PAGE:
Finding God in Chess and the Appellate Brief
When my professional life is going well it consists of reading and writing appellate briefs. Fortunately, this is not nearly as pathetic as it sounds.
At its most basic, an appellate briefs is a written argument presented to a court explaining the claims of your client and how those claims are supported by the law. As such, it represents one of the great triumphs of human civilization. I am serious. Law rests on a basic commitment to resolving the disputes of human life by resort to reason rather than violence. In the days before appellate briefs (or something like them) we resolved disputes through blood feuds, trial by combat, or by throwing women into ponds to see if they floated. Deliciously dry and intricate arguments about precedent, controlling authority, pleading, and statutory construction represent one of the few unequivocal leaps forward in human history. Post-modernism, historical relativism, and skepticism of Whig history all have their place, but at the end of the day, the rule of law is simply a lot better than trial by combat. Generally speaking, the progress of reason is told in Enlightenment terms as a story about the ebb of faith down the shingles of Dover Beach. However, it is possible to see the triumph of reason in the brief in terms of an older vision of reason: The trace of the divine.
A well written brief has a kind of beauty about it. It will have a unifying structure, a clear skeleton on which the flesh of the argument hangs. Doctrinal arguments and policy arguments will be woven together, adverse precedents will be carefully distinguished without seeming glib or plodding. The writing will be clear and free from jargon (except for the occasional flourish of a Latin maxim). At the end of the brief, the reader will be left thinking, “The law supports the appellant’s claim and it is a good thing to, as our law is wise and just and clear.” A badly written brief is all ugliness. The question presented will run on for pages. The argument will be lost in a profusion of points and subpoints, never coalescing into an identifiable structure. Adverse precedents will be ignored or labored over for pages. Doctrine and policy will be left in stark isolation, presenting the judge with the unhappy choice of enforcing a bad law or ignoring the law to reach a just result.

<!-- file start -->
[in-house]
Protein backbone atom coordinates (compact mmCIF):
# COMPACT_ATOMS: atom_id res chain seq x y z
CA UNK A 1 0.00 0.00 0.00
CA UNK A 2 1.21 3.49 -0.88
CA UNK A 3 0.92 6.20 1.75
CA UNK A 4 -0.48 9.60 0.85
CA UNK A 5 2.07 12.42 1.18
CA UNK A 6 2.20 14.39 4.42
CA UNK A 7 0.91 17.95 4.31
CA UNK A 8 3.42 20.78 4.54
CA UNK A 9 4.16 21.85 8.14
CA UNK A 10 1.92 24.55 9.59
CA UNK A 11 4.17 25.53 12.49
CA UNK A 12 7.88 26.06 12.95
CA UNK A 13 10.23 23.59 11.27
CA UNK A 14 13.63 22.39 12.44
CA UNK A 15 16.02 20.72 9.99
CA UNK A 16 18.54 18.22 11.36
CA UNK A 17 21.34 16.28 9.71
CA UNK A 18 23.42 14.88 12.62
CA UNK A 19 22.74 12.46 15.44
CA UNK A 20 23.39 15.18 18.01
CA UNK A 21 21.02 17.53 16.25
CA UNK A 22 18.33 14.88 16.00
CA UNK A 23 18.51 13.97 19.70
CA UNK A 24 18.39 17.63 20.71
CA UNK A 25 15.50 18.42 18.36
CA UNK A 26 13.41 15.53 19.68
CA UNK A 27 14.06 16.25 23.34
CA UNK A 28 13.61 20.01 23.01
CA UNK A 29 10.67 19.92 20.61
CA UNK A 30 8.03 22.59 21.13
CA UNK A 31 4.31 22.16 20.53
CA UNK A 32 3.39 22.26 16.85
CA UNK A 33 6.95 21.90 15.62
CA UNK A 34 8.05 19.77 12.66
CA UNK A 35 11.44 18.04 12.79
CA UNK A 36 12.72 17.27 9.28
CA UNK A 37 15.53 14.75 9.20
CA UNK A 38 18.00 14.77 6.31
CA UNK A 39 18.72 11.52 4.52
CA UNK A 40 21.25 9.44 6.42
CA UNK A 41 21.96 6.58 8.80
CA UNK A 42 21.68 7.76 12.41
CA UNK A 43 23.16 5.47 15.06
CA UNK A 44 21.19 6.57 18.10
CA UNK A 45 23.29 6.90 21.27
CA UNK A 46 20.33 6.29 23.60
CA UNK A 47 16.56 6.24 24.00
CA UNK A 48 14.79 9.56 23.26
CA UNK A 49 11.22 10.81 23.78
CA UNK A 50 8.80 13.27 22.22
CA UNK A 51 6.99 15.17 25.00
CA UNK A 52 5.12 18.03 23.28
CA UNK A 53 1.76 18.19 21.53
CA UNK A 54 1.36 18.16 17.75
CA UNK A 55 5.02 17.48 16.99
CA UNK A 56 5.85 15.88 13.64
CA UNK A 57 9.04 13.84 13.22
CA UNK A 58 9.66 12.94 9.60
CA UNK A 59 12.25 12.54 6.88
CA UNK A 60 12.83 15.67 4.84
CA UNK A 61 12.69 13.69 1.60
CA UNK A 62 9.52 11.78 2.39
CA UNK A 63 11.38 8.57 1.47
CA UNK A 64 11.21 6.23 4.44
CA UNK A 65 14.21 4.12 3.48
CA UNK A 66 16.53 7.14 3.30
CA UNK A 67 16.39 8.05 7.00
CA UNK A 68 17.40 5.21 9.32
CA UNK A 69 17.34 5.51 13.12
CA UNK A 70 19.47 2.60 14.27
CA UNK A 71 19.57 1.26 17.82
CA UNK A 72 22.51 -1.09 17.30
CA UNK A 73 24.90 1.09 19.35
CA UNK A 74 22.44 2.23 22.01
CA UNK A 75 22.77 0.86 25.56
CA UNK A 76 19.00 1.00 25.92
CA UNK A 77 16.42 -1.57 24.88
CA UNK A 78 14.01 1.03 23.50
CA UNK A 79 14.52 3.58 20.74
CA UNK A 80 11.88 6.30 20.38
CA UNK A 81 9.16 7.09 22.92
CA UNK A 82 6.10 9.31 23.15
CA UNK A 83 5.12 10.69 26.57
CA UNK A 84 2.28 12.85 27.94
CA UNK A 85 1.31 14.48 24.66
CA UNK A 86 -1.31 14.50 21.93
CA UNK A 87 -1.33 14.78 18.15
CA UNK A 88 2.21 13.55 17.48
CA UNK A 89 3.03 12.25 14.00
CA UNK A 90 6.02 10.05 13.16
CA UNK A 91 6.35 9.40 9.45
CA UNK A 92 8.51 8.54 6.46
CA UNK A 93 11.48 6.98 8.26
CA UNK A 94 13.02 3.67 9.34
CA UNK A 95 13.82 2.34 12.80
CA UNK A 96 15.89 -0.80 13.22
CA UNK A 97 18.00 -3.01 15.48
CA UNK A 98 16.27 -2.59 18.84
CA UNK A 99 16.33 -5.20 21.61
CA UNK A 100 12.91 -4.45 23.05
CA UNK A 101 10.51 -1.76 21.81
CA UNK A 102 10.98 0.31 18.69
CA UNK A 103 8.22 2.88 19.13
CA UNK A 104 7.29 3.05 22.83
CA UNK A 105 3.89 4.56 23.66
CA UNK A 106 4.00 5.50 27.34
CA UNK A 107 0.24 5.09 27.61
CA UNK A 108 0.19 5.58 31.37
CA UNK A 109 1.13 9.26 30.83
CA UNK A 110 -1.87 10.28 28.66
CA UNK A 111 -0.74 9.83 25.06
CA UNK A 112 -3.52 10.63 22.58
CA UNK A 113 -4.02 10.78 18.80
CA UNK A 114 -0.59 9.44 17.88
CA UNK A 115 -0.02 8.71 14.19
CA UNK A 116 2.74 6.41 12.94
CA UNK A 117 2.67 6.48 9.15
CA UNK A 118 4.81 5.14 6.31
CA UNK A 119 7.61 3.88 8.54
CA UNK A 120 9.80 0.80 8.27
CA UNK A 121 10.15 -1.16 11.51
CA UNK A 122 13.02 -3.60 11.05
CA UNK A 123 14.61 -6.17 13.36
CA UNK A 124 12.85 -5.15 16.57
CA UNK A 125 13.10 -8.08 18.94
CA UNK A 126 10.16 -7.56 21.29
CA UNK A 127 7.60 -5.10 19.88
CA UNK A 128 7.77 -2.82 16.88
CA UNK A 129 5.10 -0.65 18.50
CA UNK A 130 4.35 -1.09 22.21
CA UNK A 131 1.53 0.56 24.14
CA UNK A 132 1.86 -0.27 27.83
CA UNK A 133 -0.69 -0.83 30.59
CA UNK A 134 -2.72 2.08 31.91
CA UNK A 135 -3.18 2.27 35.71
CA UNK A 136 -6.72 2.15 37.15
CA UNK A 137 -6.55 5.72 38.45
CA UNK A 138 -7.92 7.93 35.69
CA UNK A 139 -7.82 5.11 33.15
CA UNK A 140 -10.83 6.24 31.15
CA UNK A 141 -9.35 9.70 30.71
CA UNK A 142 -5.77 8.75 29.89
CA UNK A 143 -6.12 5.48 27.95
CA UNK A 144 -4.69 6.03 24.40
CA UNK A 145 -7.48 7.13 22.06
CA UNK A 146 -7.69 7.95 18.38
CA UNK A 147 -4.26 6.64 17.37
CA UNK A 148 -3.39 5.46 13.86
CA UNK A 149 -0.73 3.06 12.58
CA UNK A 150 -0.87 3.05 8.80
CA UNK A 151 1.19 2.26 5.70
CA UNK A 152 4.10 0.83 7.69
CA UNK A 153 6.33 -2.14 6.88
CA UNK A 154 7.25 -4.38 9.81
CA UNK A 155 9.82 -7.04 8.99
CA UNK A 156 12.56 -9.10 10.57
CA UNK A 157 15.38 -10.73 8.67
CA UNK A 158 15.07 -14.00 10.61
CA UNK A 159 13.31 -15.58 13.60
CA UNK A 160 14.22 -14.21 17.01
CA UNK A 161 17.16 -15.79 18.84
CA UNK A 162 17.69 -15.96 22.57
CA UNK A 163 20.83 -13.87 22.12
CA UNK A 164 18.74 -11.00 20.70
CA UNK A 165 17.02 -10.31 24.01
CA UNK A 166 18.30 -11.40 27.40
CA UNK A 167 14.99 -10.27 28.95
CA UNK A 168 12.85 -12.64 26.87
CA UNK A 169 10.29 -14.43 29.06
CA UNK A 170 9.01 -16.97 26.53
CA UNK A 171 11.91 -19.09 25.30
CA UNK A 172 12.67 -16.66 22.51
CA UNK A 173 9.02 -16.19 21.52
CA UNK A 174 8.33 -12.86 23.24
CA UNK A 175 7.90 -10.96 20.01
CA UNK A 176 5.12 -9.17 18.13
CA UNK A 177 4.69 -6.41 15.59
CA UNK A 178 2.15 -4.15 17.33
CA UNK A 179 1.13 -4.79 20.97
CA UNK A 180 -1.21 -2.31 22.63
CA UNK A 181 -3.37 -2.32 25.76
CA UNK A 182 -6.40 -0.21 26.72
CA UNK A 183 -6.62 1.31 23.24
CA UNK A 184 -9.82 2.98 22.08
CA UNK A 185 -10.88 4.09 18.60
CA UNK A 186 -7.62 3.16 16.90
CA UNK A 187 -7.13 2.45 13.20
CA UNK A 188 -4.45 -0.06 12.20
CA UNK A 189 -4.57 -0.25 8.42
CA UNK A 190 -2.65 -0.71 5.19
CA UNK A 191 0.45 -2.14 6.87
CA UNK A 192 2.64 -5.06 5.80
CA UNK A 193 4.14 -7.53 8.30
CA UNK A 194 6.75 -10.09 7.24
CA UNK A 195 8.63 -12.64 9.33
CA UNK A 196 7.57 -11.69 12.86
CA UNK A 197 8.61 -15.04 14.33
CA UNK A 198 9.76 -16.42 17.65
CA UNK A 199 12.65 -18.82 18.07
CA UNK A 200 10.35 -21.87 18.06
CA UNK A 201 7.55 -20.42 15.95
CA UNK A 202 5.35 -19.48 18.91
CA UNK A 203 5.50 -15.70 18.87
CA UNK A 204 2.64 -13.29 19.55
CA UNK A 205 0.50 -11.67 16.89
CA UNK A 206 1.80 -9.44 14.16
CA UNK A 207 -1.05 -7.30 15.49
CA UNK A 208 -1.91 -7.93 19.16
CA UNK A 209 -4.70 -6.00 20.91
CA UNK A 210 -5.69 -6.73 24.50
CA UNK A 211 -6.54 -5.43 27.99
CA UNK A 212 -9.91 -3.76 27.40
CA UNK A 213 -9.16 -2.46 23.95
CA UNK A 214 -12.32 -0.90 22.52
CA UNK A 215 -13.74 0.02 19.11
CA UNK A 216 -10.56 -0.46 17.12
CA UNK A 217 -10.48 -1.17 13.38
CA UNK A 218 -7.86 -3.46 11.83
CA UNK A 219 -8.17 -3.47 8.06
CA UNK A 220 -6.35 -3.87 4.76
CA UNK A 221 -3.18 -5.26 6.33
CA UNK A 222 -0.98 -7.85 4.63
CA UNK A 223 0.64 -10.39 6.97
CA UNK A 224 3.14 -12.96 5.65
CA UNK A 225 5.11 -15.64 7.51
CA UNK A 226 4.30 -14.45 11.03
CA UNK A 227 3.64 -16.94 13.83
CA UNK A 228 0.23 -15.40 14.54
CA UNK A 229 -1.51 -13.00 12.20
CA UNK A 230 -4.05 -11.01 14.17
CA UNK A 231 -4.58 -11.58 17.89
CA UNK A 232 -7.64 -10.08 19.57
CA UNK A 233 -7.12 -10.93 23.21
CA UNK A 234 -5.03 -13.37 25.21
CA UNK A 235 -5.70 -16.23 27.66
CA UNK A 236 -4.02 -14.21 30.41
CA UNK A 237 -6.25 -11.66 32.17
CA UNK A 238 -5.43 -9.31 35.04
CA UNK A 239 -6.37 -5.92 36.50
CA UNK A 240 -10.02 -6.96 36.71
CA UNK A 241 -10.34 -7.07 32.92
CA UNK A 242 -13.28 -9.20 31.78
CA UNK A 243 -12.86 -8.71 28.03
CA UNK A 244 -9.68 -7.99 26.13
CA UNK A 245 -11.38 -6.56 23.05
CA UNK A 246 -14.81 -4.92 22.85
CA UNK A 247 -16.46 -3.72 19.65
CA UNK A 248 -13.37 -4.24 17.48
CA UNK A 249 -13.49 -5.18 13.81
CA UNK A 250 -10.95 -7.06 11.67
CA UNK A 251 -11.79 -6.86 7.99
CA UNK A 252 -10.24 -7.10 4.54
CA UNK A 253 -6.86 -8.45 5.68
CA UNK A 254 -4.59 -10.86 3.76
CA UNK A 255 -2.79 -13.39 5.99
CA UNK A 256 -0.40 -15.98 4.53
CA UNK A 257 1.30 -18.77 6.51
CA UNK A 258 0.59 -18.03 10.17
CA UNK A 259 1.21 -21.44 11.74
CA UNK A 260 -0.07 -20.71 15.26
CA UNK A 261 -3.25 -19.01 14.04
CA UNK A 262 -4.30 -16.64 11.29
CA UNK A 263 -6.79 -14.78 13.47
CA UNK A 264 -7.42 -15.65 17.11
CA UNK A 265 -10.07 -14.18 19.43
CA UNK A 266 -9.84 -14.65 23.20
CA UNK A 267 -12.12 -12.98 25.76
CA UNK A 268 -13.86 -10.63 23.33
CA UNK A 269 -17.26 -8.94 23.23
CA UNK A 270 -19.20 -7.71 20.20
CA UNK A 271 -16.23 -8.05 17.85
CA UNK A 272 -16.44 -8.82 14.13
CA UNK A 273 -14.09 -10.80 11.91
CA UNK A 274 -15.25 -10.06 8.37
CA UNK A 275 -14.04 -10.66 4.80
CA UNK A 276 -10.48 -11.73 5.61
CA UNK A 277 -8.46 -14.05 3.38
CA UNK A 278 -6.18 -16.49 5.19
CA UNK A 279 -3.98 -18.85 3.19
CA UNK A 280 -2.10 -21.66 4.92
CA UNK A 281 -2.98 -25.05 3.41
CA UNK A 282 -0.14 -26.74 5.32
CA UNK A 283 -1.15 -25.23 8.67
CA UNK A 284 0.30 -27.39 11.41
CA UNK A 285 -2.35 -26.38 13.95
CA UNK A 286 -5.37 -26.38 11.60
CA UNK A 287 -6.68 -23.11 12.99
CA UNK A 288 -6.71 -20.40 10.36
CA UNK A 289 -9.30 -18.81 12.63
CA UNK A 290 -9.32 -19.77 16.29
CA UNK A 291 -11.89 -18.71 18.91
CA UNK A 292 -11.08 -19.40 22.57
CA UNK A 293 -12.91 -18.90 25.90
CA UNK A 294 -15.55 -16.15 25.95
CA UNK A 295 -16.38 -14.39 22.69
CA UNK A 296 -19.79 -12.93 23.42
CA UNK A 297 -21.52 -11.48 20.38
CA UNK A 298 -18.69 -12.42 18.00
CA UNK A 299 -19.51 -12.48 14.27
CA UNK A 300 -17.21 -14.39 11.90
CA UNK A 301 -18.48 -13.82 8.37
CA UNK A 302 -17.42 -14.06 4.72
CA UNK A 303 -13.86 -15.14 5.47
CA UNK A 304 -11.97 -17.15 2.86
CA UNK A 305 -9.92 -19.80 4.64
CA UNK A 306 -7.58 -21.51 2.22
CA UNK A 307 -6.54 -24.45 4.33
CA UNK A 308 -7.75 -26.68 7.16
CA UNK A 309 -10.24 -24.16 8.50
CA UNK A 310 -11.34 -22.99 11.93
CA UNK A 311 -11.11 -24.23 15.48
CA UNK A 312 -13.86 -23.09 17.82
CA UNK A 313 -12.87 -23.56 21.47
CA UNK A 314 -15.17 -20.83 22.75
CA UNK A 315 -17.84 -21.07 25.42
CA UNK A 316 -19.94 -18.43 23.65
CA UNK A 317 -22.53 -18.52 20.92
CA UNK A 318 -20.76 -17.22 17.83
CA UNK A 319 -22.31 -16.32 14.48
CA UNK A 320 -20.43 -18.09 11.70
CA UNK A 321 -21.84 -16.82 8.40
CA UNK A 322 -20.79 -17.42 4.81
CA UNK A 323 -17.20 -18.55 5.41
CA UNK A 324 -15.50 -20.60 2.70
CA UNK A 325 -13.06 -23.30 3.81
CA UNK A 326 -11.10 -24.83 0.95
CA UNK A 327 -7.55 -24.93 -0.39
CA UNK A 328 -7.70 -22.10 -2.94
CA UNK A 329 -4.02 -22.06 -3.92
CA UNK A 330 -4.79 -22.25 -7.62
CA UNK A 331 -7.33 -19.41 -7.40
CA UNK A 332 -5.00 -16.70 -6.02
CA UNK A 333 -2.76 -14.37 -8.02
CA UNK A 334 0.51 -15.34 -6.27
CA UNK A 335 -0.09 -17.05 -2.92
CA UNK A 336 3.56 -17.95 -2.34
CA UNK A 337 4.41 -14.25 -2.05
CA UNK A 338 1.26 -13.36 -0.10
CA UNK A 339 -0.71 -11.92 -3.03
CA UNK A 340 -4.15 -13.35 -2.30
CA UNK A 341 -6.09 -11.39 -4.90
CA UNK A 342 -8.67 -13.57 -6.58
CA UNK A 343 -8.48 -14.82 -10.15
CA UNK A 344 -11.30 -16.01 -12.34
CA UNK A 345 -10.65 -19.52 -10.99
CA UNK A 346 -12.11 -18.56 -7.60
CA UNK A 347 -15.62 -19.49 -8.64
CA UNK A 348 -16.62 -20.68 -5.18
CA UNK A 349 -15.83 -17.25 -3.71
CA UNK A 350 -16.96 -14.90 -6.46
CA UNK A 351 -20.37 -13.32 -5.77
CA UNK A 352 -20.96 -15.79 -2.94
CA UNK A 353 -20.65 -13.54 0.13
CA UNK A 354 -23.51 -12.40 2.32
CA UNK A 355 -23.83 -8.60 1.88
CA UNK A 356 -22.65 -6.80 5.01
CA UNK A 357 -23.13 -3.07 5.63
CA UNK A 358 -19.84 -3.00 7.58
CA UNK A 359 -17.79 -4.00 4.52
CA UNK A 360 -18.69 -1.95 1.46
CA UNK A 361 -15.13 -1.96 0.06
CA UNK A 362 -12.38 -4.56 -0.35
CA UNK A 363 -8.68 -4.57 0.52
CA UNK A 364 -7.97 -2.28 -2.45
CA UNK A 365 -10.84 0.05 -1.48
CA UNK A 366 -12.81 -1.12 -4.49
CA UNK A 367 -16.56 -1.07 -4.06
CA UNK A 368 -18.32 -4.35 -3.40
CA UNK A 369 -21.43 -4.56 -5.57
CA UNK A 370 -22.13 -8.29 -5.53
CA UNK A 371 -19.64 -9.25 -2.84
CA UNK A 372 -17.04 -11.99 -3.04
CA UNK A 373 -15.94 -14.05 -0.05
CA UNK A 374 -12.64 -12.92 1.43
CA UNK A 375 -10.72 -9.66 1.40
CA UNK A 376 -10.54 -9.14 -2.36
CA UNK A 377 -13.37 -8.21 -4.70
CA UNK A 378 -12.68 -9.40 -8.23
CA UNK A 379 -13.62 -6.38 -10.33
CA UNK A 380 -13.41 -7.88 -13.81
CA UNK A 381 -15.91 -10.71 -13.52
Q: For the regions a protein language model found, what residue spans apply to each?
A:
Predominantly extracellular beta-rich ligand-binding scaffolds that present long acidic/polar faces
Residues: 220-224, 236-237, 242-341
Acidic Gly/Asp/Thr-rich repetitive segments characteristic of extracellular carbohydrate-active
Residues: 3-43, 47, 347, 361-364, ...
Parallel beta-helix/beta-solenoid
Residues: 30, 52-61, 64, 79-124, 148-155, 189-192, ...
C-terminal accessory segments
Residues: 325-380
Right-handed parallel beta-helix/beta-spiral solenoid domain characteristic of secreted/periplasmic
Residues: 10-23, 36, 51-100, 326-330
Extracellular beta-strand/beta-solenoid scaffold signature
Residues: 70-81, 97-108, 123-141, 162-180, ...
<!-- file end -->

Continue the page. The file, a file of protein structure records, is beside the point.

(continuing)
In this sense, an appellate brief is like a game of chess. A person who knows how the pieces move, but has no grasp of how the game is played will push pawns and bishops aimlessly around the board, attacking and defending pieces with no discernable strategy or plan. Weaknesses in the player’s position will develop, backward pawns, and hanging material will proliferate as pieces clog the lines of attack of their fellows until ultimately the game sputters to an accidental ending. In contrast, in a well played game of chess each move will fit into a position or plan. There will be identifiable strategic goals and great care to avoid the minor weaknesses that will later flower into catastrophe. The game will utlimately be decided by the execution of a coherent strategy pushed forward by precise attacking combinations.
Both chess and the appellate brief present a drab and plodding exterior but there is a deep structure to both that can exhibit the beauty of well employed reason or the ugliness of diffuse and scattered thought. Traditionally, theologians have looked at the world in remarkably similar ways, searching out the trace of divine reason. Indeed, the very cognizability of the world, the fact that we can make some sort of halting sense of it, was seen as a finger-print of God and reason itself became an aspect of the divine presence. Likewise the beauty of the world, which was related to our capacity to apprehend it, was likewise a trace of the divine logos. For me there is a similar kind of grace and beauty to the well-crafted legal argument or the finely-timed chess combination. There is something of the same divine spark of reason that fills the world of the believer with the trace of the divine.
(Orginally posted in modified form at Times & Seasons)